The World Bank has kicked off a series of consultations Tuesday to debate the viability of building a huge hydropower project in impoverished Laos. Proponents say it will help alleviate poverty in the tiny landlocked nations. But critics argue the dam will harm the environment and displace thousands.

The first World Bank seminar, held Tuesday in Bangkok, brought together government officials, environmentalists, and private companies where the pros and cons of the dam project were discussed.

Laos wants the Nam Theun Two Hydroelectric $1.3 billion project to go ahead because revenues could help bring the small communist nation out of poverty. Thailand has already signed a $5 billion contract to buy electricity produced by the dam over a 25-year period.

World Bank spokesperson, Kimberly Versak, says the Laos government clearly laid out its reasons for the controversial project. "They think this is a good alternative to actually achieve some growth and get some revenues that they can use for poverty and conservation. And obviously the bank wants to help Laos," she says. "Again, everyone knows it's a risky project and there are a lot of people who don't think it should go forward. But I think the bank is still very much weighing the options."

Critics argue the hydroelectric plant will be similar to another World Bank-backed dam in northeast Thailand, which brought environmental disaster to the area.

The 50 meter high dam is to be built about 250 kilometers northeast of Vientiane on the Nam Theun River.

Environmentalists are concerned the dam will hurt wildlife - as the Nakai Plateau will be inundated with water. The area is home to one of Southeast Asia's largest concentration of elephants.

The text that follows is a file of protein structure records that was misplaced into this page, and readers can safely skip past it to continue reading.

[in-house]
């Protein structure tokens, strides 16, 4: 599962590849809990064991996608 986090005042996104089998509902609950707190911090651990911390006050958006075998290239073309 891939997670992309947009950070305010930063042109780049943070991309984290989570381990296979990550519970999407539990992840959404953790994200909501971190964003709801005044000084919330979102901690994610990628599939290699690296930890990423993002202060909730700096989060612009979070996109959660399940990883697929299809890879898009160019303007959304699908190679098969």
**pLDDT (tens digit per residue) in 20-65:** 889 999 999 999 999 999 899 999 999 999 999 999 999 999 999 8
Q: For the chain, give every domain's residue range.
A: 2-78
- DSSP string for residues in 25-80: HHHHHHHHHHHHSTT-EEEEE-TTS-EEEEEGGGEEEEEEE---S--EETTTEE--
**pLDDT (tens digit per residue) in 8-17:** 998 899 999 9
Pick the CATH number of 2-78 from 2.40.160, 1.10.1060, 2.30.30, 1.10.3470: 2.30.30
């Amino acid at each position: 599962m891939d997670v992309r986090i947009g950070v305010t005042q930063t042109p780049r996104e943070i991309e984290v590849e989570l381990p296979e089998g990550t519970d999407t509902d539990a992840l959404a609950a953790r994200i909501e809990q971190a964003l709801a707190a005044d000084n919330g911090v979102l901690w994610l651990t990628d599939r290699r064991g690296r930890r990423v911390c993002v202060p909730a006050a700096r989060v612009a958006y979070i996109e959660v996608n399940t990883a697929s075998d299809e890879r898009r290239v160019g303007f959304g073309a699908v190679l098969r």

In addition, more than 5,000 people will be displaced to construct the dam.

The World Bank's Kimberly Versak says this is one of the most openly debated projects of its kind and the final decision will be fair. "Developing countries still very much need basic infrastructure - anywhere from roads to power projects to dams," she says. "But they still need these things and provided they are done in an environmentally and socially sustainable way ? the bank still believes that it has a role to play in this."

An international consortium of investors plans to build the dam by 2009 with the World Bank stepping in as the political risk guarantor.

The World Bank has made its support of the project conditional saying it must meet strict environmental and social criteria.

A decision has to be made on the project by May 2005 to allow construction to begin on time. The World Bank will continue with consultations in Tokyo, Paris, and Washington before ending in the Laos capital of Vientiane on September 24.